For one thing, the swimmers are much bigger. During MacDonald’s swimming career in the 70s, he’d be pitted against perhaps two athletes in a final that were more than six feet tall; now, the average height is often 6’4”. Bigger people generate more power, and you only need look at Michael Phelps’ dimensions with a 200 cm arm span.
Second, and just as crucial, swimmers no longer only compete in just one set of Olympic games. They stick around for two or three Olympics (sometimes spanning more than a decade), gaining valuable experience, adding four years of work in between, and refining their technique trying to find ways to shave off tenths of a second.
Third: coaching is better and more widespread. While almost every country has people who run — think African countries with some of the fastest people in the world — not everyone swims. MacDonald tells me that in the 70s there were only eight countries that won swimming medals; now 22 often do. There is a much bigger pool to hone in on swimming talent, and, no advancement would come without good coaching– coaches that are willing to move across the globe. Team Canada has a mix of Australian and Hungarian coaches on staff at the games, while the Brits have American and Australian coaches.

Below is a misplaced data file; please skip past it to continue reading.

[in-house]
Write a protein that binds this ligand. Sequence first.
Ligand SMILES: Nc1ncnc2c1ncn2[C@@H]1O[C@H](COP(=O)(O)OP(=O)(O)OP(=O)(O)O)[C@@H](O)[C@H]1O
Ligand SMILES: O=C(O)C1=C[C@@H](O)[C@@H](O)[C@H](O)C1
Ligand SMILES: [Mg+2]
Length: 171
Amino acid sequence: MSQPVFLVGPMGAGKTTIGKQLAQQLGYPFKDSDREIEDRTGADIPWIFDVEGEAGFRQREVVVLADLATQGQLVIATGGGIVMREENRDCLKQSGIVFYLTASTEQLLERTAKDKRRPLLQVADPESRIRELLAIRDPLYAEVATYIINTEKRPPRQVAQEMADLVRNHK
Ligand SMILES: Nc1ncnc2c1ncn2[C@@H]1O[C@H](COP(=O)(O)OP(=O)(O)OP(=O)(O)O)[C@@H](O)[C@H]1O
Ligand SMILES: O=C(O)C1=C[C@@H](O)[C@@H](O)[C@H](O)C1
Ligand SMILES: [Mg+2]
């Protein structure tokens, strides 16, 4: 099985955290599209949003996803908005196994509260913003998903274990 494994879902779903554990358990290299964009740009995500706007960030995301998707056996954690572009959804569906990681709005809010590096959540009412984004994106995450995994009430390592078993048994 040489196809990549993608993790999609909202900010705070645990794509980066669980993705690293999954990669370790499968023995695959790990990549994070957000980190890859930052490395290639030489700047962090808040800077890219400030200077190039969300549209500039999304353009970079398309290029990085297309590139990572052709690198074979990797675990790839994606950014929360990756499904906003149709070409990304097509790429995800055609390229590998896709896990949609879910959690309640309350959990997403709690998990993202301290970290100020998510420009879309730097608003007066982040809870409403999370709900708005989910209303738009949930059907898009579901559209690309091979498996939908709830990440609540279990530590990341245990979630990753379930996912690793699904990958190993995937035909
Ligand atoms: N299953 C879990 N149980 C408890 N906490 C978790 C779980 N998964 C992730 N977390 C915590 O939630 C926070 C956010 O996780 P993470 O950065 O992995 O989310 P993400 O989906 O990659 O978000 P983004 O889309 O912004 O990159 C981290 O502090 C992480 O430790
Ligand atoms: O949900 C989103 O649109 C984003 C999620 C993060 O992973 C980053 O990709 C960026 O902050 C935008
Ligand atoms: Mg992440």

Swimming seems to be the pinnacle when it comes to routinely smashing records; events like track and field have seen no where near such consisten progress. The New York Times reports that track medal winning times have fallen by only two per cent over a 40-year period, and only five track and field world records were broken out of 47 events in Beijing. By contrast, 25 world records were set in swimming in Beijing– out of just 34 events.
The longest-standing world record in any swimming event is no more than 10-years-old, set by Grant Hackett in the 1,500-meter freestyle at the Australian Championships in 2001. The 3000m steeple chase record, set by Kenya’s Julius Kariuki hasn’t been broken since Seoul’s 1988 Olympics. Same with US sprinter, “Flo-Jo” Florence Griffith-Joyner and her time of 10:49 seconds… she is still the fastest woman in the world. Research conducted at the University of Wolverhampton in England reveals that world records tend to accumulate slowly at first, then spike as new technologies are adopted and more people compete. Once this period of innovation ends, the record-breaking curve flattens out. Popular Science suggests that the mathematics of record-breaking tell us that frequency of world records will dwindle on account of chance– some day we will have rolled the dice one too many times.